"Thy word is a lamp unto my feet, and a light unto my path."
-- Psalm 119:105
Response: People today often complain about allegedly archaic words such as "thee", "thou", and "ye" in the KJV; however, it is actually the modern versions that are hard to understand because they do not preserve the original meaning of the text; and therefore create ambiguity in their rendering. Other languages, such as Hebrew and Greek, all have verb-noun agreement for case, gender and plurality. The KJV is the only English Bible that accuratly preserves the original tense for every word. It really is quite simple once you understand it: "thee", "thou" and "thine" are singular, and "ye" "you" and "yours" are plural. John 3:5-7 is a good example of why this is important:
"Jesus answered, Verily, verily, I say unto thee, Except a man be born of water and of the Spirit, he cannot enter into the kingdom of God. That which is born of the flesh is flesh; and that which is born of the Spirit is spirit. Marvel not that I said unto thee, Ye must be born again." Joh 3:5-7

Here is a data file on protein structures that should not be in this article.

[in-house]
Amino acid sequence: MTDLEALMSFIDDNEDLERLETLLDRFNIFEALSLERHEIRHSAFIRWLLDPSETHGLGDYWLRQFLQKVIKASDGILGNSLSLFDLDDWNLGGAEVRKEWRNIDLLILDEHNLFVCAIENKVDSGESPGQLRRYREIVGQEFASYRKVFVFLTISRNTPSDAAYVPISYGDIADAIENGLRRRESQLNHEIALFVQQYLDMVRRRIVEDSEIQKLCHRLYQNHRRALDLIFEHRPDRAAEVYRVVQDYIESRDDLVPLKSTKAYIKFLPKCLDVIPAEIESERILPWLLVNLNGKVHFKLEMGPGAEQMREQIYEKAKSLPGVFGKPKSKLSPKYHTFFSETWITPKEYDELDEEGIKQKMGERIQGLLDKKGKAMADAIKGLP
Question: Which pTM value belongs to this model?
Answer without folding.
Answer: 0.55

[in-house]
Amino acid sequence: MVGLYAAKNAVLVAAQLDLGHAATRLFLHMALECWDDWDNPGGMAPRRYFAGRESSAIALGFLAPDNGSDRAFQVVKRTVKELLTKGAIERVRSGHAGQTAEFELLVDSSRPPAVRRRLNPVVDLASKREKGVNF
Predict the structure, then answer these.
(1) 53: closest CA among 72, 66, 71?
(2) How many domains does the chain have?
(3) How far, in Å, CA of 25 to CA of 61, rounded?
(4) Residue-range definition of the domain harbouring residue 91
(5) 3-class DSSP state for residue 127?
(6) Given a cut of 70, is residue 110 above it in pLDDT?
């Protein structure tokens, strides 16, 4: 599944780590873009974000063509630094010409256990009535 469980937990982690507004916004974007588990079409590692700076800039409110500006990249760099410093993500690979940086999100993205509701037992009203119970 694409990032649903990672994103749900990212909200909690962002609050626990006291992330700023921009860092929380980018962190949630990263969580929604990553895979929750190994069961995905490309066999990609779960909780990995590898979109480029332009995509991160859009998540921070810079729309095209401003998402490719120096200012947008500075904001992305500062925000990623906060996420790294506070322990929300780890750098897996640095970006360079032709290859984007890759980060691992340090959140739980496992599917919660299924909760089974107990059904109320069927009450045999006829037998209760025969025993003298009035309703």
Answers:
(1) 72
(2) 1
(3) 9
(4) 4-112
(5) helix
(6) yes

So then, Jesus says to each of us personally, "I say unto thee..." and to us all collectively, "Ye must be born again." This is an important distinction that is lost in all other modern translations.
Another sore spot for some is the "-est" or "-eth" suffix on many words. (e.g. believest, or believeth) But again, this serves to render a quality of the original languages that does not exist in modern English - the perfect tense: an action completed by the present.
I hope to add more examples like these at a future date, God willing...